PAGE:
One of the key elements of the Bridging Gaps program is to expose the participants to Dutch culture. Apart from visiting different churches, Erin also visited the house of Heleen Zorgdrager, the professor who supervised her research during the exchange program. Although Dutch people are known to offer their guests only one cookie when they have coffee, Erin had a different experience.

I went to visit Elst, where my supervisor lives. We were having dinner together and Heleen told me during the appetizer: “You should not eat too much of this, because the main course comes later.” All I was thinking was: “What?! I’m stuffed already!” After we had the appetizer and the main course, there was also a desert with ice cream, cake and drinks. I really tried to be Dutch and to eat a lot, haha!
Besides, when I was visiting one of the churches and stayed with a host family, they were also very hospitable. Geert, the man of the house, asked us what we wanted to drink when we were watching television. Then, he went to the kitchen to pour us a drink and returned to give it to us. In Indonesia, the women always serve the men, but now a man served us!
We learn from these little things and these are the things that stay with us.


Gender and feminism play an important role in Erin’s life, which is visible in her story thus far. This concerns, for example, her ordination to Bibelvrouw, the discussion in which patriarchy was recognised, and her observation that Dutch men can also prepare things in the kitchen. Gender functions as a leitmotif throughout Erin’s life story. She came to the realisation that appearances can be deceptive when it comes to gender in the Netherlands!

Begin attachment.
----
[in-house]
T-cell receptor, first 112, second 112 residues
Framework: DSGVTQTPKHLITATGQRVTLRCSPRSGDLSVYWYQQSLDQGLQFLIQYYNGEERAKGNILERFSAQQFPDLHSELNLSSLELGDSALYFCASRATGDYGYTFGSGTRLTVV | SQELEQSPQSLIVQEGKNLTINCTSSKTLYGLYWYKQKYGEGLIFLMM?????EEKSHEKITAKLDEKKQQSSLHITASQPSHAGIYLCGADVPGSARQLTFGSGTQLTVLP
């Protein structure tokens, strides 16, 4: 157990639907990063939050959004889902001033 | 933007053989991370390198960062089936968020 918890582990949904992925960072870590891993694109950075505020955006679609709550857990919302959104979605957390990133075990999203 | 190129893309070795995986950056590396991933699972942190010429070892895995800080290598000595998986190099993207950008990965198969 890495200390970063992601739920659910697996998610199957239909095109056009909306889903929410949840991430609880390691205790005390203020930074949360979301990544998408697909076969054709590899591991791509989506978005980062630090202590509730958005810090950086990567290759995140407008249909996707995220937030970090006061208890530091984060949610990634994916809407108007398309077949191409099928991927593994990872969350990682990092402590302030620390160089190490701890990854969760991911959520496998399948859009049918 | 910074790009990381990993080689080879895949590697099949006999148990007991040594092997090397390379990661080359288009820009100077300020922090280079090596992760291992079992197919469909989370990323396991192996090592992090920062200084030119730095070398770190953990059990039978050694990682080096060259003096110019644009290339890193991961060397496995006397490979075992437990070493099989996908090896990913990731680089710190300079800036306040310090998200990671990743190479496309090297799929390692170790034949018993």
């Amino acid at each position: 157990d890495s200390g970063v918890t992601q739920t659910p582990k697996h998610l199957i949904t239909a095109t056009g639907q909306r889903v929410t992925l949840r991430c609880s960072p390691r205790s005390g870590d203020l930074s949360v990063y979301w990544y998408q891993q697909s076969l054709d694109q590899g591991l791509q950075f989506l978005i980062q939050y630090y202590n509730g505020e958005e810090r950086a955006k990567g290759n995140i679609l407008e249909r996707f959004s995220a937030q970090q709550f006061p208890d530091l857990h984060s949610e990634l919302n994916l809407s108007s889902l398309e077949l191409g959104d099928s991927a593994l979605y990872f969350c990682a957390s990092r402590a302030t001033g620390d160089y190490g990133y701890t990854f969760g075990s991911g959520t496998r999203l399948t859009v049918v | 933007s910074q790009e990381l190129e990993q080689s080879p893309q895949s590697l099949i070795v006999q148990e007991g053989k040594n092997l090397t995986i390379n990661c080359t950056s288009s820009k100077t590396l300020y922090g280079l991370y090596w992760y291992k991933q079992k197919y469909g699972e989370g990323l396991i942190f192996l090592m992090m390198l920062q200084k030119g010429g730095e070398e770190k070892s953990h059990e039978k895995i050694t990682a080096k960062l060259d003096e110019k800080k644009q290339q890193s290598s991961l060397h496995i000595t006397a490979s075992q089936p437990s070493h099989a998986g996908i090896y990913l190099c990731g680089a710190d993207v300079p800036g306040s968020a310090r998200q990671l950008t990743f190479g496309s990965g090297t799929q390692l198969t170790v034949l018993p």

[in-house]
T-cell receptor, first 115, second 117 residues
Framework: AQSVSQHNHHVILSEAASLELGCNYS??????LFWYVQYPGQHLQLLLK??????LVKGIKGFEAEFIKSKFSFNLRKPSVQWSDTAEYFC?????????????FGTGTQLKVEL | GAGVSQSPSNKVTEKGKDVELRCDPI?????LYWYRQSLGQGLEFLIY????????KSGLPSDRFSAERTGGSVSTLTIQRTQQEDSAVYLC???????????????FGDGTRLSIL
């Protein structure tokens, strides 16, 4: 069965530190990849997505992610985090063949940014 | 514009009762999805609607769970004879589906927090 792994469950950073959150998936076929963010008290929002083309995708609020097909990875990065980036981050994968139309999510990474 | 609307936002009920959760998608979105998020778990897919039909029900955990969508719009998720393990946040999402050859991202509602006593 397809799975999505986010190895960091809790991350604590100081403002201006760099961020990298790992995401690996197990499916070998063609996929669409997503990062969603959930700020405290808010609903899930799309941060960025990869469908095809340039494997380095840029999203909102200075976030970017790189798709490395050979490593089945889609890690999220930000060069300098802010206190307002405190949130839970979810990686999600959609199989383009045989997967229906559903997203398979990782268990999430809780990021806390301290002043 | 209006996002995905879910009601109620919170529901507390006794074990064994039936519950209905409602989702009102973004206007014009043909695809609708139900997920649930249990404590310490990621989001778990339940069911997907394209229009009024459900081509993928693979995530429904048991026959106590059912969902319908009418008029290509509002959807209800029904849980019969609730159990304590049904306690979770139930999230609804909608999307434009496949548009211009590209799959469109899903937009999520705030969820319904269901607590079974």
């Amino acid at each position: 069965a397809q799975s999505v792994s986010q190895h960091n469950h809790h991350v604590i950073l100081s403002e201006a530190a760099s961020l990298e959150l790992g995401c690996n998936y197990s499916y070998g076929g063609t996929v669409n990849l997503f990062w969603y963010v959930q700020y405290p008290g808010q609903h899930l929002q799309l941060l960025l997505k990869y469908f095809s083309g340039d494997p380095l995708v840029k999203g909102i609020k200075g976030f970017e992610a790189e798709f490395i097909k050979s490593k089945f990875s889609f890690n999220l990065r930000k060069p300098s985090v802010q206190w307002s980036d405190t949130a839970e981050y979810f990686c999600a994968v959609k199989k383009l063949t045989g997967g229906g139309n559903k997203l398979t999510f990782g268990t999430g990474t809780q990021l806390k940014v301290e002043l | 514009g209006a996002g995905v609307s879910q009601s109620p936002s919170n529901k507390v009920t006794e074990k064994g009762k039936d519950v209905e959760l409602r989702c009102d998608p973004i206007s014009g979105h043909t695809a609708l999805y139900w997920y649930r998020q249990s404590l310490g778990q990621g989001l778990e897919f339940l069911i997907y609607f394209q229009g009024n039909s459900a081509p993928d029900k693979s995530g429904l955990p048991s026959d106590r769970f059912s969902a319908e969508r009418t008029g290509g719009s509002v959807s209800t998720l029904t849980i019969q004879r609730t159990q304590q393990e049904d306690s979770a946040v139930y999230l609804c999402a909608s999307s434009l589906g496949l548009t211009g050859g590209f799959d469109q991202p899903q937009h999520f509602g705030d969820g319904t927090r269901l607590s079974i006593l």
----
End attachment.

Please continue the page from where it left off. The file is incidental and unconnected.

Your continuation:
Heleen told me that I should definitely continue my research, for it is very important for women. I did not understand that my research topic was this important until her husband told me that women cannot be ordained in every church in the Netherlands. And here I was thinking that the Netherlands was such a modern country!
Heleen gave me a book by Sita T. van Bemmelen – a Dutch auteur – about colonialism and Batak women (Batak are different peoples in North Sumatra, red.). A couple of months ago, I met Sita in Bali and we had a conversation about gender and Batak women. I realised that I have to continue my research on Batak women, because of this meeting. For if Dutch people conduct research on Batak women, why don’t Batak women do this themselves? Now I know that my research is important!

What about the future?

I wish to continue my studies and I have been working hard to accomplish this. I hope that I can get a scholarship to study in the United States or the Netherlands. My participation in the Bridging Gaps program was my first international experience. Ever since my return to Jakarta, I have been able to share my experiences with my fellow-students here. Students want to know what we actually have been doing in the Netherlands. Now I can tell them that we do not only come to the Netherlands to explore the country, but to actually study together in an international environment. The Bridging Gaps program has been very valuable to me and I already talked with our dean about organising a similar program at Jakarta Theological Seminary. I really think we should do this!